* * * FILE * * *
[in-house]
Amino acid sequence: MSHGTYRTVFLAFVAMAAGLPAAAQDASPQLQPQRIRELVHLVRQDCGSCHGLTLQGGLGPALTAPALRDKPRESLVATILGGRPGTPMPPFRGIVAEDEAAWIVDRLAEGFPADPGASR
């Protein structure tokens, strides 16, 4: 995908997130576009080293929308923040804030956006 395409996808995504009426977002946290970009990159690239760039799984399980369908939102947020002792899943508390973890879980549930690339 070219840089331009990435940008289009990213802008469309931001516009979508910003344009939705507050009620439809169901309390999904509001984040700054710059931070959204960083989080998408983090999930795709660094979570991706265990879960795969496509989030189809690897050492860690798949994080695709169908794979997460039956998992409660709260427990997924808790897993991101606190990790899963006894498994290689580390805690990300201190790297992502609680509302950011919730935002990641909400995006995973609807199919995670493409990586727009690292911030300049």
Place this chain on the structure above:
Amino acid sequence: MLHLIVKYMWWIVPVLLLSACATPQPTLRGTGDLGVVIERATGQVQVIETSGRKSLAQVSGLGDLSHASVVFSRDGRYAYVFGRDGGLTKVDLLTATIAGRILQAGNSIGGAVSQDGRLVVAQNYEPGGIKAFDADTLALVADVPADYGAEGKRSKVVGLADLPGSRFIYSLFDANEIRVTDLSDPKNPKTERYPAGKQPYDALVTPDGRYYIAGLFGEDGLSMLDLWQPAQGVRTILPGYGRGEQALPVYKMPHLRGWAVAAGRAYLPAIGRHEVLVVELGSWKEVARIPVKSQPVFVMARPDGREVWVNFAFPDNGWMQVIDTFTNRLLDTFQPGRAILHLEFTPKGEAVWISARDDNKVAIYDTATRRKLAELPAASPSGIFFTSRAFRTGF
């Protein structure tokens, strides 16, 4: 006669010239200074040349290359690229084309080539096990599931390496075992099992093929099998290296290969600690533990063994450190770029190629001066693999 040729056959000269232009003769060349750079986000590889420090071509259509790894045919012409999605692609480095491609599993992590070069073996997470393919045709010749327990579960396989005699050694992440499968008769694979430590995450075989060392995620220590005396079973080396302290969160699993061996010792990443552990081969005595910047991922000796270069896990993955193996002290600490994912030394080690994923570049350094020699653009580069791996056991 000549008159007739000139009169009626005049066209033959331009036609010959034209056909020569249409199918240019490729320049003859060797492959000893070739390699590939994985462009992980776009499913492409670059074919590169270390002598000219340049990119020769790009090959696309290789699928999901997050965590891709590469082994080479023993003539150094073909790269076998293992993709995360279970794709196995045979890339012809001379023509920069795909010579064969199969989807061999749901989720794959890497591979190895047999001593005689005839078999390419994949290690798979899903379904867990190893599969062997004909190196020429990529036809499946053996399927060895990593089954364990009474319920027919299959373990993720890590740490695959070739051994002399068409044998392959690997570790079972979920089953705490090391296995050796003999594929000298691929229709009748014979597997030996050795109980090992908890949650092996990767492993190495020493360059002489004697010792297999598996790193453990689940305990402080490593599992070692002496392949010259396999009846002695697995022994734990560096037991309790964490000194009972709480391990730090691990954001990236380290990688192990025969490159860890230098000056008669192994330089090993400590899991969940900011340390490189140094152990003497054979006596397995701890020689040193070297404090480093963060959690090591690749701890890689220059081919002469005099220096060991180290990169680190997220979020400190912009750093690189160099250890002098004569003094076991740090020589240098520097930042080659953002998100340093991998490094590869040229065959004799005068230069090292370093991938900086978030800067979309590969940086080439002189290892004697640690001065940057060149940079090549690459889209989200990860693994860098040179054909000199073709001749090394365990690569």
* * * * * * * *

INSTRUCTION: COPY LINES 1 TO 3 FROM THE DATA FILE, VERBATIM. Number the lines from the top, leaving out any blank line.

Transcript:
[in-house]
Amino acid sequence: MSHGTYRTVFLAFVAMAAGLPAAAQDASPQLQPQRIRELVHLVRQDCGSCHGLTLQGGLGPALTAPALRDKPRESLVATILGGRPGTPMPPFRGIVAEDEAAWIVDRLAEGFPADPGASR
């Protein structure tokens, strides 16, 4: 995908997130576009080293929308923040804030956006 395409996808995504009426977002946290970009990159690239760039799984399980369908939102947020002792899943508390973890879980549930690339 070219840089331009990435940008289009990213802008469309931001516009979508910003344009939705507050009620439809169901309390999904509001984040700054710059931070959204960083989080998408983090999930795709660094979570991706265990879960795969496509989030189809690897050492860690798949994080695709169908794979997460039956998992409660709260427990997924808790897993991101606190990790899963006894498994290689580390805690990300201190790297992502609680509302950011919730935002990641909400995006995973609807199919995670493409990586727009690292911030300049």